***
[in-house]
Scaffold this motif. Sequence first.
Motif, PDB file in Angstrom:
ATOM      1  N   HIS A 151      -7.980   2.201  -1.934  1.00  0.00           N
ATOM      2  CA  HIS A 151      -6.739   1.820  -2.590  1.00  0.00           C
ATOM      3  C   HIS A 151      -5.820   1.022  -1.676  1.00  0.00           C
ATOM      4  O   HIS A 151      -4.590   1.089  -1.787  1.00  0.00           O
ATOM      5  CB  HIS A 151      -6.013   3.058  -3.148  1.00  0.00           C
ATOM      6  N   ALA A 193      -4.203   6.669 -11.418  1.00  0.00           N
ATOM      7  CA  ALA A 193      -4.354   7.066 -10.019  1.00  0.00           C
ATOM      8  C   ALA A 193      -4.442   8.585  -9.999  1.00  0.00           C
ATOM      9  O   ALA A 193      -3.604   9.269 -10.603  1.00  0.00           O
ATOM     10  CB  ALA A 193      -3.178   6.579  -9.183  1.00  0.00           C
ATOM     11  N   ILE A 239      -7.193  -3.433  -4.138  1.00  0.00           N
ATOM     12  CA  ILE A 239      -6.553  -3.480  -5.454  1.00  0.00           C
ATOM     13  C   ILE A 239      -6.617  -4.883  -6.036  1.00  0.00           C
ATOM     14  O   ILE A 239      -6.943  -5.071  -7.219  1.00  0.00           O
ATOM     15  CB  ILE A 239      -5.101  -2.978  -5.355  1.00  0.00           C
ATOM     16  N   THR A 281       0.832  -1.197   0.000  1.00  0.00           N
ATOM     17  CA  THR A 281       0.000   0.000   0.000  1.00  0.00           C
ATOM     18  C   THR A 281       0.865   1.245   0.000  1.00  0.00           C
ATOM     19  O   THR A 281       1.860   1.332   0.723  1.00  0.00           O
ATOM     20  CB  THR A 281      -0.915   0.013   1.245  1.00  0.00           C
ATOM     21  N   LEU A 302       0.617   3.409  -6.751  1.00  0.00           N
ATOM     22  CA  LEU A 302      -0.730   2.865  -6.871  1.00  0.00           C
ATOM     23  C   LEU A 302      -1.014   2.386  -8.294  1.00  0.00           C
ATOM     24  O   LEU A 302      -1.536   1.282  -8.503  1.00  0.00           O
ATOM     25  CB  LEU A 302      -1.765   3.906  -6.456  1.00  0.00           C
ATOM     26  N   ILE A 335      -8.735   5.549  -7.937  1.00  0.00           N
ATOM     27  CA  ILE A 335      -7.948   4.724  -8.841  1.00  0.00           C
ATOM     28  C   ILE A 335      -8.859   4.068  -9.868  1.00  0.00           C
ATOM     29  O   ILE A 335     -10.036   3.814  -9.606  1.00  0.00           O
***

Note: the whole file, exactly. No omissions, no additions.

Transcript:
[in-house]
Scaffold this motif. Sequence first.
Motif, PDB file in Angstrom:
ATOM      1  N   HIS A 151      -7.980   2.201  -1.934  1.00  0.00           N
ATOM      2  CA  HIS A 151      -6.739   1.820  -2.590  1.00  0.00           C
ATOM      3  C   HIS A 151      -5.820   1.022  -1.676  1.00  0.00           C
ATOM      4  O   HIS A 151      -4.590   1.089  -1.787  1.00  0.00           O
ATOM      5  CB  HIS A 151      -6.013   3.058  -3.148  1.00  0.00           C
ATOM      6  N   ALA A 193      -4.203   6.669 -11.418  1.00  0.00           N
ATOM      7  CA  ALA A 193      -4.354   7.066 -10.019  1.00  0.00           C
ATOM      8  C   ALA A 193      -4.442   8.585  -9.999  1.00  0.00           C
ATOM      9  O   ALA A 193      -3.604   9.269 -10.603  1.00  0.00           O
ATOM     10  CB  ALA A 193      -3.178   6.579  -9.183  1.00  0.00           C
ATOM     11  N   ILE A 239      -7.193  -3.433  -4.138  1.00  0.00           N
ATOM     12  CA  ILE A 239      -6.553  -3.480  -5.454  1.00  0.00           C
ATOM     13  C   ILE A 239      -6.617  -4.883  -6.036  1.00  0.00           C
ATOM     14  O   ILE A 239      -6.943  -5.071  -7.219  1.00  0.00           O
ATOM     15  CB  ILE A 239      -5.101  -2.978  -5.355  1.00  0.00           C
ATOM     16  N   THR A 281       0.832  -1.197   0.000  1.00  0.00           N
ATOM     17  CA  THR A 281       0.000   0.000   0.000  1.00  0.00           C
ATOM     18  C   THR A 281       0.865   1.245   0.000  1.00  0.00           C
ATOM     19  O   THR A 281       1.860   1.332   0.723  1.00  0.00           O
ATOM     20  CB  THR A 281      -0.915   0.013   1.245  1.00  0.00           C
ATOM     21  N   LEU A 302       0.617   3.409  -6.751  1.00  0.00           N
ATOM     22  CA  LEU A 302      -0.730   2.865  -6.871  1.00  0.00           C
ATOM     23  C   LEU A 302      -1.014   2.386  -8.294  1.00  0.00           C
ATOM     24  O   LEU A 302      -1.536   1.282  -8.503  1.00  0.00           O
ATOM     25  CB  LEU A 302      -1.765   3.906  -6.456  1.00  0.00           C
ATOM     26  N   ILE A 335      -8.735   5.549  -7.937  1.00  0.00           N
ATOM     27  CA  ILE A 335      -7.948   4.724  -8.841  1.00  0.00           C
ATOM     28  C   ILE A 335      -8.859   4.068  -9.868  1.00  0.00           C
ATOM     29  O   ILE A 335     -10.036   3.814  -9.606  1.00  0.00           O